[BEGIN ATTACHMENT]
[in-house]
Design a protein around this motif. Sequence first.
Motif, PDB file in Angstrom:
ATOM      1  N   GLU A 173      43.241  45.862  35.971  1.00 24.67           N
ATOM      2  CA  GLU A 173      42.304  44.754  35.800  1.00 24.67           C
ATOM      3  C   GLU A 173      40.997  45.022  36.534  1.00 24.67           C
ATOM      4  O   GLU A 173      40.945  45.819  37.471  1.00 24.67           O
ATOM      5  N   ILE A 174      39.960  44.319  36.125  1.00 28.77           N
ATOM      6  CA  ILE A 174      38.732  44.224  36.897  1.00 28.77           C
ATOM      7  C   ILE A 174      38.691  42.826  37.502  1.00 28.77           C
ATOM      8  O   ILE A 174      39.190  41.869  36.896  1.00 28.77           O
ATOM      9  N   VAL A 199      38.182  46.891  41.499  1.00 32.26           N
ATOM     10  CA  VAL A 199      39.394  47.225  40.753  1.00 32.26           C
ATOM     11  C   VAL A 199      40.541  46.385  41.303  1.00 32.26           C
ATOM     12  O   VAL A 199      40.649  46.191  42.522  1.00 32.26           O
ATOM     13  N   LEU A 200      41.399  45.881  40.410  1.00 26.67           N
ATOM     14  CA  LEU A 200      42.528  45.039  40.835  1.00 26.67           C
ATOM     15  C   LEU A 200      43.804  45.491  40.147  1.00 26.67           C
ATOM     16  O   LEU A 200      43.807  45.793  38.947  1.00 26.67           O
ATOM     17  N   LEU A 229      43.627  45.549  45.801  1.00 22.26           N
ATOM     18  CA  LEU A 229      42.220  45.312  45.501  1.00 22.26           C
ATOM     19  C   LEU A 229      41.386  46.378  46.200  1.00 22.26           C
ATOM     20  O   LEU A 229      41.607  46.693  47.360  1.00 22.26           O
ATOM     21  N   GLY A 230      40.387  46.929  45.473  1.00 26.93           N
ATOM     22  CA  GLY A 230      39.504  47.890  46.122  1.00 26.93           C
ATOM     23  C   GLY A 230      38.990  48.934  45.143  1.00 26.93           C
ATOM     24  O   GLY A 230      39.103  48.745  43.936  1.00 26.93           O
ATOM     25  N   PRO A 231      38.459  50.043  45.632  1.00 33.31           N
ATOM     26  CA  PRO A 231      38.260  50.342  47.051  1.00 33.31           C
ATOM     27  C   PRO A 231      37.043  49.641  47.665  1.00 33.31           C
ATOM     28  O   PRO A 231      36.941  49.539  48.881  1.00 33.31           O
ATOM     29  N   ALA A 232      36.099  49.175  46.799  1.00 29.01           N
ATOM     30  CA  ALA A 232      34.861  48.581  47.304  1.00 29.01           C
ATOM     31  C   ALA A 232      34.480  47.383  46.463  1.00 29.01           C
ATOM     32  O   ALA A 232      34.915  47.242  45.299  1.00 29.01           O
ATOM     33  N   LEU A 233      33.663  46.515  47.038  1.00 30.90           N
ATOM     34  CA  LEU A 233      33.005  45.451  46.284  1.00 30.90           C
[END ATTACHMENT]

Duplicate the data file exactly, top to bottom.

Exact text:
[in-house]
Design a protein around this motif. Sequence first.
Motif, PDB file in Angstrom:
ATOM      1  N   GLU A 173      43.241  45.862  35.971  1.00 24.67           N
ATOM      2  CA  GLU A 173      42.304  44.754  35.800  1.00 24.67           C
ATOM      3  C   GLU A 173      40.997  45.022  36.534  1.00 24.67           C
ATOM      4  O   GLU A 173      40.945  45.819  37.471  1.00 24.67           O
ATOM      5  N   ILE A 174      39.960  44.319  36.125  1.00 28.77           N
ATOM      6  CA  ILE A 174      38.732  44.224  36.897  1.00 28.77           C
ATOM      7  C   ILE A 174      38.691  42.826  37.502  1.00 28.77           C
ATOM      8  O   ILE A 174      39.190  41.869  36.896  1.00 28.77           O
ATOM      9  N   VAL A 199      38.182  46.891  41.499  1.00 32.26           N
ATOM     10  CA  VAL A 199      39.394  47.225  40.753  1.00 32.26           C
ATOM     11  C   VAL A 199      40.541  46.385  41.303  1.00 32.26           C
ATOM     12  O   VAL A 199      40.649  46.191  42.522  1.00 32.26           O
ATOM     13  N   LEU A 200      41.399  45.881  40.410  1.00 26.67           N
ATOM     14  CA  LEU A 200      42.528  45.039  40.835  1.00 26.67           C
ATOM     15  C   LEU A 200      43.804  45.491  40.147  1.00 26.67           C
ATOM     16  O   LEU A 200      43.807  45.793  38.947  1.00 26.67           O
ATOM     17  N   LEU A 229      43.627  45.549  45.801  1.00 22.26           N
ATOM     18  CA  LEU A 229      42.220  45.312  45.501  1.00 22.26           C
ATOM     19  C   LEU A 229      41.386  46.378  46.200  1.00 22.26           C
ATOM     20  O   LEU A 229      41.607  46.693  47.360  1.00 22.26           O
ATOM     21  N   GLY A 230      40.387  46.929  45.473  1.00 26.93           N
ATOM     22  CA  GLY A 230      39.504  47.890  46.122  1.00 26.93           C
ATOM     23  C   GLY A 230      38.990  48.934  45.143  1.00 26.93           C
ATOM     24  O   GLY A 230      39.103  48.745  43.936  1.00 26.93           O
ATOM     25  N   PRO A 231      38.459  50.043  45.632  1.00 33.31           N
ATOM     26  CA  PRO A 231      38.260  50.342  47.051  1.00 33.31           C
ATOM     27  C   PRO A 231      37.043  49.641  47.665  1.00 33.31           C
ATOM     28  O   PRO A 231      36.941  49.539  48.881  1.00 33.31           O
ATOM     29  N   ALA A 232      36.099  49.175  46.799  1.00 29.01           N
ATOM     30  CA  ALA A 232      34.861  48.581  47.304  1.00 29.01           C
ATOM     31  C   ALA A 232      34.480  47.383  46.463  1.00 29.01           C
ATOM     32  O   ALA A 232      34.915  47.242  45.299  1.00 29.01           O
ATOM     33  N   LEU A 233      33.663  46.515  47.038  1.00 30.90           N
ATOM     34  CA  LEU A 233      33.005  45.451  46.284  1.00 30.90           C